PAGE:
SkyLights and Gogo Bring Personal Entertainment to Airlines

People are accustomed to accessing on-demand video at will, so a flight on an airplane with a communal TV screen can be jolting. Now, startup SkyLights aims to let airline passengers don a virtual reality headset to watch the latest 3D Hollywood movies. French entrepreneur David Dicko’s company offers a headset with six-hour battery life and noise-canceling headphones, which has been tested on flights for almost one year. French carrier XL Airways will soon begin to offer SkyLights headsets for rent, at $16 per flight.

The New York Times quotes Dicko as saying that, “people on planes are hungry for different entertainment options.”

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“Putting virtual reality headsets inside an aircraft is an idea as old as virtual reality itself,” says Dicko, a former Air France-KLM pilot, “referring to the decades-old hope of offering passengers 3D-style entertainment.” The company has signed content deals with 21st Century Fox and DreamWorks, and is looking to make other, similar pacts.

SkyLights isn’t alone in focusing on improving entertainment in the sky. One major effort has been that to provide “high-speed Internet directly to cabins, as well as new partnerships with Netflix and other content streaming services.”

Many if not most airline passengers already have subscriptions to digital video services such Hulu and/or music services such as Spotify, so Internet access on board would enable personal entertainment. Wireless entertainment is expected to grow on airlines, and “much of this momentum is because of multimillion-dollar investments from Gogo, currently the largest onboard Wi-Fi provider, and its competitors.”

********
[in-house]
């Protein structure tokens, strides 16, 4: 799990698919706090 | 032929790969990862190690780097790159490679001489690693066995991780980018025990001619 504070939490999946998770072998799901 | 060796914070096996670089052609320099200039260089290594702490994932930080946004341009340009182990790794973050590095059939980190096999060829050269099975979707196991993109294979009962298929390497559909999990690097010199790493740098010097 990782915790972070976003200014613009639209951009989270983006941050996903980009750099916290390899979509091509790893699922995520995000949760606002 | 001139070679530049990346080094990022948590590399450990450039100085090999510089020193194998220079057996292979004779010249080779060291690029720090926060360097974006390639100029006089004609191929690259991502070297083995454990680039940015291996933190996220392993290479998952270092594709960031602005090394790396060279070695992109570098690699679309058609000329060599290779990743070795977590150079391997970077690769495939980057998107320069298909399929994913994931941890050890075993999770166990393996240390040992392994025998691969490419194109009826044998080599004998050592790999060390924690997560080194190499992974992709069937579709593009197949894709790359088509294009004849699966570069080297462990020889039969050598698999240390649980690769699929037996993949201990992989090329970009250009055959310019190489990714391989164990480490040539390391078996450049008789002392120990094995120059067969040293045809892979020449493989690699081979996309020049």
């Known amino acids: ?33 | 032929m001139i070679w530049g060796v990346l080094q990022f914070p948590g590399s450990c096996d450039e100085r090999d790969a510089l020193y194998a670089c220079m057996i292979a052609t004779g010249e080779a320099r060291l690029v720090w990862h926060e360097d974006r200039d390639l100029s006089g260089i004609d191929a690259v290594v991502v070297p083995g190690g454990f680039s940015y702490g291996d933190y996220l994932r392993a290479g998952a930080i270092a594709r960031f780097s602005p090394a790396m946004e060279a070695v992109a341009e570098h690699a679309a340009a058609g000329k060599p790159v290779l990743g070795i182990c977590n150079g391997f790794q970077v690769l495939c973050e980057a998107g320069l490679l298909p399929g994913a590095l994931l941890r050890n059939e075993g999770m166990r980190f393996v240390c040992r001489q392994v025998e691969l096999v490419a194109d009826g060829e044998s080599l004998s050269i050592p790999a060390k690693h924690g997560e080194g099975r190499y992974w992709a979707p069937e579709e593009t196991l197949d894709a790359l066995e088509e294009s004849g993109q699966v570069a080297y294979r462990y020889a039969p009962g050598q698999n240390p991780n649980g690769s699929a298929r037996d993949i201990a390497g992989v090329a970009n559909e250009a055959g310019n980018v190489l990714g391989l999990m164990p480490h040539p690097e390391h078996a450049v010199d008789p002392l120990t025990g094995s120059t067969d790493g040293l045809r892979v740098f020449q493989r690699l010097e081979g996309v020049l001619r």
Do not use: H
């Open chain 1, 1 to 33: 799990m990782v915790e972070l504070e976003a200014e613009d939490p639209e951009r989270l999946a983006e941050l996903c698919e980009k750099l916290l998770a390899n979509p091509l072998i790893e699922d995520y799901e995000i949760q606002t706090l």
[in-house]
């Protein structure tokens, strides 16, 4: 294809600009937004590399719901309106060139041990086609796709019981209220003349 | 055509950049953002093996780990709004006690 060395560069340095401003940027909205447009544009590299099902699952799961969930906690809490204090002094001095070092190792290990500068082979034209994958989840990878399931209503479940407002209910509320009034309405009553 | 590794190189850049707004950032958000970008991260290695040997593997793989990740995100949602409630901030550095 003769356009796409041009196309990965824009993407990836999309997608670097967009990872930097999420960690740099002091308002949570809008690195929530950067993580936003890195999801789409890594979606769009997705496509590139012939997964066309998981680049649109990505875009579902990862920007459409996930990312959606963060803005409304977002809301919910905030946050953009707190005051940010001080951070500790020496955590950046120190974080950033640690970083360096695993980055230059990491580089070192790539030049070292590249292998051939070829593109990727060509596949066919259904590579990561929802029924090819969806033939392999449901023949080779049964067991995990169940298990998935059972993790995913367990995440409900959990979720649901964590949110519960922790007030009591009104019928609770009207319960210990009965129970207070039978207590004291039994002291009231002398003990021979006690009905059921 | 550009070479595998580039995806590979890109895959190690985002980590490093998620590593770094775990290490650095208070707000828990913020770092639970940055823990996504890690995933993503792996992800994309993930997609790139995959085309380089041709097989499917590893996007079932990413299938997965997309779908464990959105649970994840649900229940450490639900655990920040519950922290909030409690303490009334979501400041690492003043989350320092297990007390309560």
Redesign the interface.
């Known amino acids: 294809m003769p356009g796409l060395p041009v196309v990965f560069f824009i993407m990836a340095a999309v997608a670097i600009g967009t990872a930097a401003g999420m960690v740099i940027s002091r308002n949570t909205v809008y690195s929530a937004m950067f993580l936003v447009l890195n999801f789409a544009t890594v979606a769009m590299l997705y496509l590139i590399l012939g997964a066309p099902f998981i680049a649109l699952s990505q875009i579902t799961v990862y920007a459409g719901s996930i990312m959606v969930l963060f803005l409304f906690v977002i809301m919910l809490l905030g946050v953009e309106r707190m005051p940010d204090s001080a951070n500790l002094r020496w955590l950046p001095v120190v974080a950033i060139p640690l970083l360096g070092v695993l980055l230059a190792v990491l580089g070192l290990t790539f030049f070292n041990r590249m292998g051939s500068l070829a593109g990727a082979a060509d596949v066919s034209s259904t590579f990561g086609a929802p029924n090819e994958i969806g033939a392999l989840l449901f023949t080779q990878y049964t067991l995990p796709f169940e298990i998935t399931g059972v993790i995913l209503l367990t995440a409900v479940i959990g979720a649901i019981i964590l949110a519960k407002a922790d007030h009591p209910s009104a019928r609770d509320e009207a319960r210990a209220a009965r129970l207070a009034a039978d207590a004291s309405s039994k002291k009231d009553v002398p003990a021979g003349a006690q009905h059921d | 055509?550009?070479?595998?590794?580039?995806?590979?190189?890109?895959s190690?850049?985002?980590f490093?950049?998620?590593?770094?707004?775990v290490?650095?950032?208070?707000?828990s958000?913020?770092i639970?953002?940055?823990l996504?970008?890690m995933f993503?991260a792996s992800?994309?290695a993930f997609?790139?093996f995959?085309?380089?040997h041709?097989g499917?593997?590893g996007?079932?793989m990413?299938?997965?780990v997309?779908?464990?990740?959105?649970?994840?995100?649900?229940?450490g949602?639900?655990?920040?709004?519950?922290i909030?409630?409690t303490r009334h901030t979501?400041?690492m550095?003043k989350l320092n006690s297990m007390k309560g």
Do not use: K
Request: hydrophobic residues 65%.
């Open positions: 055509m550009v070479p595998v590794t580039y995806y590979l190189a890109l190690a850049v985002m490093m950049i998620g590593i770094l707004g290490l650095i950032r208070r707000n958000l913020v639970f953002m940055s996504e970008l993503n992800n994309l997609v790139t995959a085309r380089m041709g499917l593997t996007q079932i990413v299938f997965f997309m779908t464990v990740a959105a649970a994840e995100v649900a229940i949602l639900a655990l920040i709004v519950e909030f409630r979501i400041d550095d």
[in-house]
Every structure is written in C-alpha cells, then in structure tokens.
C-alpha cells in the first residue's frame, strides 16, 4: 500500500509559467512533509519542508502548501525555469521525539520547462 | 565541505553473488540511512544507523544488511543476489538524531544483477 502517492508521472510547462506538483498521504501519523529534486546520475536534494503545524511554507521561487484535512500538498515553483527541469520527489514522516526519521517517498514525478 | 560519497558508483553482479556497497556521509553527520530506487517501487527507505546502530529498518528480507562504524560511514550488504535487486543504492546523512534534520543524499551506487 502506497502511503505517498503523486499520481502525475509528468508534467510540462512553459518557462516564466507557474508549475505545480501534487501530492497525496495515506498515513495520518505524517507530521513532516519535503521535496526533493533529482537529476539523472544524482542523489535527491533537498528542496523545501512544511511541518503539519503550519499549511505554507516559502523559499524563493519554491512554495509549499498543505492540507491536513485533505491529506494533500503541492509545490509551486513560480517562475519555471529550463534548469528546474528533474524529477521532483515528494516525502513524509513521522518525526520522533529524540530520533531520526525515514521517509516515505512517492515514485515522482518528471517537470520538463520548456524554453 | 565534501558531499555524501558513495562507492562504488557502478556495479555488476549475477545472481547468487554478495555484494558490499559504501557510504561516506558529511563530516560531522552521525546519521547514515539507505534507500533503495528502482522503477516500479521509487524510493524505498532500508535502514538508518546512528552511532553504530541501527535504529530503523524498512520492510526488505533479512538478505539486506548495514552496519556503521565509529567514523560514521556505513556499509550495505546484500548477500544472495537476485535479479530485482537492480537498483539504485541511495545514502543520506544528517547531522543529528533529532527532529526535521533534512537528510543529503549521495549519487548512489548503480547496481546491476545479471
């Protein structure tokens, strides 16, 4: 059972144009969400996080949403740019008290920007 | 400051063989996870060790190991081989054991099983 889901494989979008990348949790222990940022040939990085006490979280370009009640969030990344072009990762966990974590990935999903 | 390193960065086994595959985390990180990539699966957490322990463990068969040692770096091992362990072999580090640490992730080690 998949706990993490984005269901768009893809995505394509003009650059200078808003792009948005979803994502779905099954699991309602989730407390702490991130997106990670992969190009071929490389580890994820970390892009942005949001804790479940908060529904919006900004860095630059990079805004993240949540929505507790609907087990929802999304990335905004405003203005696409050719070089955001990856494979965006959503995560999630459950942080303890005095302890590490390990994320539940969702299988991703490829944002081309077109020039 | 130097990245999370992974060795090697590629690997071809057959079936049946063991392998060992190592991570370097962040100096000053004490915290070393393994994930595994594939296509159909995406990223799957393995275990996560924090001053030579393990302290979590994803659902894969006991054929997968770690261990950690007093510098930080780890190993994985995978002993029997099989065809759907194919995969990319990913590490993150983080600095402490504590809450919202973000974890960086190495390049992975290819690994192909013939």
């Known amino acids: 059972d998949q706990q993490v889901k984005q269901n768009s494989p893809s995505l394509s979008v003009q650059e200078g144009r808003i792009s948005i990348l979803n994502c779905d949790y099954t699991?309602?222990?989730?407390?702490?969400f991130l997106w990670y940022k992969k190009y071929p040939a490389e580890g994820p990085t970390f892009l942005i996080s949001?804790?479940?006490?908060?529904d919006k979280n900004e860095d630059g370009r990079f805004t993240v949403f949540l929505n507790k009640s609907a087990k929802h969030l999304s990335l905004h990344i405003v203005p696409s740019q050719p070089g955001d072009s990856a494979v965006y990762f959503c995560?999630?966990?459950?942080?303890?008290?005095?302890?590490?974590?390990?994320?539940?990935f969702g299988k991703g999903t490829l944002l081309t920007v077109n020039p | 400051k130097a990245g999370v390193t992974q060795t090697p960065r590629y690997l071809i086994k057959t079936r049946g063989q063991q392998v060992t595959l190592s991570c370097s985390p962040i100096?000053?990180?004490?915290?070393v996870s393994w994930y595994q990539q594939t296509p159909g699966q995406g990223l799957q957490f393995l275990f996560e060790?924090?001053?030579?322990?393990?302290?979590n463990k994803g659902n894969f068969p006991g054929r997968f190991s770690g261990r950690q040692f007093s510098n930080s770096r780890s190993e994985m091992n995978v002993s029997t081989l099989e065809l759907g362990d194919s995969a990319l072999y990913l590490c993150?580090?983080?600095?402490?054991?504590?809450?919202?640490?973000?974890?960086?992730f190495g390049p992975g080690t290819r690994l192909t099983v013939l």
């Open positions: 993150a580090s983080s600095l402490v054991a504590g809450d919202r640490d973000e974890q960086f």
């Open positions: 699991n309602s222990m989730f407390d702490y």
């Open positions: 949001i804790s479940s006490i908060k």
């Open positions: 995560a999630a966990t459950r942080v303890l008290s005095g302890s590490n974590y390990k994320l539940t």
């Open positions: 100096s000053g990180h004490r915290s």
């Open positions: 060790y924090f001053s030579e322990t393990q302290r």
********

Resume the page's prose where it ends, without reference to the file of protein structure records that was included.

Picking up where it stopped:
About 2,600 commercial aircraft now use Gogo, and by the end of December, says Gogo chief operating officer John Wade, “about 75 of those planes will have been upgraded to give users Internet speeds comparable to what their smartphones can provide on the ground,” with as many as 450 more set for higher speeds in 2017.

Competitor ViaSat already offers Internet speeds similar to those available on smartphones to 550 planes, including “those from JetBlue’s fleet.” Better, the service is “typically free” for streaming Netflix and other Internet content, with the option to pay hourly for faster speeds for “online gaming and other bandwidth-heavy activities.”

ViaSat will expand internationally in 2017 with deals set with Qantas and SAS, and two additional satellites by 2019. “Wi-Fi is becoming part of a carrier’s amenity package,” said ViaSat exec Don Buchman. “If drinks and peanuts are free, why shouldn’t Wi-Fi?”

Airbus executive Anaïs Marzo reports that, “passengers now wanted almost constant access to their social media feeds, email accounts and other digital services,” but that the company will continue to offer “traditional onboard options and seat-back television screens, particularly in business or first class where large high-definition displays are now the norm.”

“More and more people are relying on their own devices on board,” she said. About 60 percent of the Airbus fleet will have Internet connectivity by 2025.